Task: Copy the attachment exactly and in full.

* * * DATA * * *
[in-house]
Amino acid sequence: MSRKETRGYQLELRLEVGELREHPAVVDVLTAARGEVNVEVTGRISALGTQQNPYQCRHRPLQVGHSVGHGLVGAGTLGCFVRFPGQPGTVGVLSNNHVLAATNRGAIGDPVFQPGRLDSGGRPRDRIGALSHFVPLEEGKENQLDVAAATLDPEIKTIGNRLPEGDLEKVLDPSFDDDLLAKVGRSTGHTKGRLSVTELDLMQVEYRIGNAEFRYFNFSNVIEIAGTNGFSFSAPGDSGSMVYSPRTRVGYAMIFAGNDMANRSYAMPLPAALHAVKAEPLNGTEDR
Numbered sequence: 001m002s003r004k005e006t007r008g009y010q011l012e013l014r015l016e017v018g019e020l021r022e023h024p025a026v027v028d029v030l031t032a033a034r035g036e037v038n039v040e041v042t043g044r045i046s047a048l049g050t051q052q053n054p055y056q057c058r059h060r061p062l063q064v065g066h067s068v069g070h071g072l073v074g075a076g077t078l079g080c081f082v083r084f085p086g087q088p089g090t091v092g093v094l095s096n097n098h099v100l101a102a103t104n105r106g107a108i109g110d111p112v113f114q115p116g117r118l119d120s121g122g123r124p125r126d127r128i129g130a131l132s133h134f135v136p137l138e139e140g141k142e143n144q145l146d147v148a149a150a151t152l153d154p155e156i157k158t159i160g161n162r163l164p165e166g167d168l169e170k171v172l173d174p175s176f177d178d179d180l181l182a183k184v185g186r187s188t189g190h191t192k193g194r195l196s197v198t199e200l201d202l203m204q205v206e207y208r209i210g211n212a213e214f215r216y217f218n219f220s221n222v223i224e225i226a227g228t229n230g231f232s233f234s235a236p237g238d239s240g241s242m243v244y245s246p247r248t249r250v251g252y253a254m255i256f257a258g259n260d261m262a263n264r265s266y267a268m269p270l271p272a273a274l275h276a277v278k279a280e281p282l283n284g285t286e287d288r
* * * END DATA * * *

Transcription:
[in-house]
Amino acid sequence: MSRKETRGYQLELRLEVGELREHPAVVDVLTAARGEVNVEVTGRISALGTQQNPYQCRHRPLQVGHSVGHGLVGAGTLGCFVRFPGQPGTVGVLSNNHVLAATNRGAIGDPVFQPGRLDSGGRPRDRIGALSHFVPLEEGKENQLDVAAATLDPEIKTIGNRLPEGDLEKVLDPSFDDDLLAKVGRSTGHTKGRLSVTELDLMQVEYRIGNAEFRYFNFSNVIEIAGTNGFSFSAPGDSGSMVYSPRTRVGYAMIFAGNDMANRSYAMPLPAALHAVKAEPLNGTEDR
Numbered sequence: 001m002s003r004k005e006t007r008g009y010q011l012e013l014r015l016e017v018g019e020l021r022e023h024p025a026v027v028d029v030l031t032a033a034r035g036e037v038n039v040e041v042t043g044r045i046s047a048l049g050t051q052q053n054p055y056q057c058r059h060r061p062l063q064v065g066h067s068v069g070h071g072l073v074g075a076g077t078l079g080c081f082v083r084f085p086g087q088p089g090t091v092g093v094l095s096n097n098h099v100l101a102a103t104n105r106g107a108i109g110d111p112v113f114q115p116g117r118l119d120s121g122g123r124p125r126d127r128i129g130a131l132s133h134f135v136p137l138e139e140g141k142e143n144q145l146d147v148a149a150a151t152l153d154p155e156i157k158t159i160g161n162r163l164p165e166g167d168l169e170k171v172l173d174p175s176f177d178d179d180l181l182a183k184v185g186r187s188t189g190h191t192k193g194r195l196s197v198t199e200l201d202l203m204q205v206e207y208r209i210g211n212a213e214f215r216y217f218n219f220s221n222v223i224e225i226a227g228t229n230g231f232s233f234s235a236p237g238d239s240g241s242m243v244y245s246p247r248t249r250v251g252y253a254m255i256f257a258g259n260d261m262a263n264r265s266y267a268m269p270l271p272a273a274l275h276a277v278k279a280e281p282l283n284g285t286e287d288r